But his father’s words now were more than just unrecognisable; they were insignificant. For the thing that occupied Goku’s mind now was his father’s face. It was red. As red as the rising sun. And it was getting bigger. As his father continued to shout words that Goku could not hear, his head expanded and ignited. It was his eyes that caught fire first, melting in their sockets and dripping to the floor in a pool of filth. As the head enlarged even more, the sockets where the eyes had been became two giant and dark but fiery valleys that would soon become large enough to swallow Goku whole.

Before Goku could react, his father’s head suddenly exploded, a mushroom cloud of blood rising to the ceiling, staining it, the walls, and everything in sight red. But still, his father stood, and now, in his head’s place came the face of another. A woman, Goku thought, but it was difficult to tell. Her face had blackened and scarred, and, like his father, her eyes had melted away.

‘Goku!! Why don’t you help me? Why!?’

Not for the first time – nor, Goku suspected, the last – he fled in terror, screaming as he went.


***


He had suddenly become both deaf and blind. That’s what he told his brother now as he sat with him. Kazumi had always been a good listener, and an older brother whom Goku could rely on.

‘At first, I did not realise there had been an explosion,’ Goku said. ‘Darkness shrouded my vision, and I could hear nothing but a distant ringing.’

He did not look at the face of Kazumi. Not since their father’s had exploded. Instead he had kept his narrow eyes fixed on the path directly in front of him as he searched for things like his father’s iris. Things of peace and beauty. But he had found none. A garden that had suffered from much loss after the American firebombing raids was where he had regained some of his composure, and somehow, Kazumi had been able to find him. He always seemed to know where Goku might be, even if Goku had not known himself.

‘When my vision finally returned, I saw a great cloud above the city. Underneath it was nothing but death. Desolation. It was a force unlike anything I’d ever imagined.’

‘It is safe now, Goku,’ Kazumi said. ‘You escaped. You are alive and well. You are fortunate.’

But Goku did not feel fortunate. In many ways, he felt as though it might have been better had he been closer to the blast. Somewhere in the middle of it. The people who had died there might not have even known that anything had happened at all. They might have been going about their day at one moment, and then at the next they disappeared. Like switching off a light.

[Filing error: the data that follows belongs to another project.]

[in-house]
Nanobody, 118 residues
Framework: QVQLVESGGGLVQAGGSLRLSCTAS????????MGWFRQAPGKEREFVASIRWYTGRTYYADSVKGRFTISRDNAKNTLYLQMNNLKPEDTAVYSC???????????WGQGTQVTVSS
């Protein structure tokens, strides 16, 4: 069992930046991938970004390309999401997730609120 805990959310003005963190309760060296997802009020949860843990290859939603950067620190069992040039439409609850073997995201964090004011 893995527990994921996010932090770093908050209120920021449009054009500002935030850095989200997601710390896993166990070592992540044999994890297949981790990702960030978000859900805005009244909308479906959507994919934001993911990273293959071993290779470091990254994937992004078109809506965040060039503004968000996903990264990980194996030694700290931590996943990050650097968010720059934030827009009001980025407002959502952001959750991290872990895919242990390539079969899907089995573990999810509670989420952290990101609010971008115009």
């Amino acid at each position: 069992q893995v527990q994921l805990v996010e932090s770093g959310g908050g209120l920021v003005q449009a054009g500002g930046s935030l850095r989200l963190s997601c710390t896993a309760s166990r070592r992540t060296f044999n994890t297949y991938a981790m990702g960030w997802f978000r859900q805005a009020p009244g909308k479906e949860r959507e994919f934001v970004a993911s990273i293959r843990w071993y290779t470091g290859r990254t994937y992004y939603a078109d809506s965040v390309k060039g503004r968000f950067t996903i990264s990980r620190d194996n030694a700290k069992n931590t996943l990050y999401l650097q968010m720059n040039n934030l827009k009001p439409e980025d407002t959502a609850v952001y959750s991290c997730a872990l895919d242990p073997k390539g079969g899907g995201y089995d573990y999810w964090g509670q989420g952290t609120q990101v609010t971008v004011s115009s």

But the ones who were just a little further away…

They took longer to die. They watched through bleeding eyes as the gargantuan black cloud rose to the sky, the American plane whizzing away from it as those within laughed, proud of their work. Proud of the slaughter of children. They saw the city disappear in a fire that was mightier than that of the most savage volcano. And when they caught fire themselves, the horror they must have felt! The desperate panic!

Most of those people died, and sometimes Goku thought that was their fortune. For who could carry on with a normal life afterwards? But in the area where Goku had stood, most people had survived. And it felt like a curse. Goku had at first stumbled around in fear, blinded by the brightness of the light of a thousand suns that had flashed just before the explosion. But when his vision returned, he had been forced to watch the people who had become cocooned in flames. He watched them run down the street in anguish and terror, desperate to find some way of extinguishing the fire. He had been so transfixed by the scene that he had forgotten to breathe, or to check that he even still could. And then he had panicked; breathing in the fumes from this evil new weapon might have been just as deadly as becoming entrapped in its flames.

It was as though the entire world he’d come to know had all at once vanished, and was replaced in every direction with the worst kind of horror. A woman whose hair had burned completely away knelt not far from Goku and screamed into the sky as she wept tears of blood. In her arms she held a baby. Goku did not know whether the woman was aware that the baby was on fire. A man rushed into a half-collapsed building, shouting the names of what Goku could only assume were his own children. His face and arms were badly burned. A charred mess of a body lay on the floor ahead of him, the left arm twitching. It would be merciful if Goku could be brave enough to help this thing that had used to be a human die. But he could not.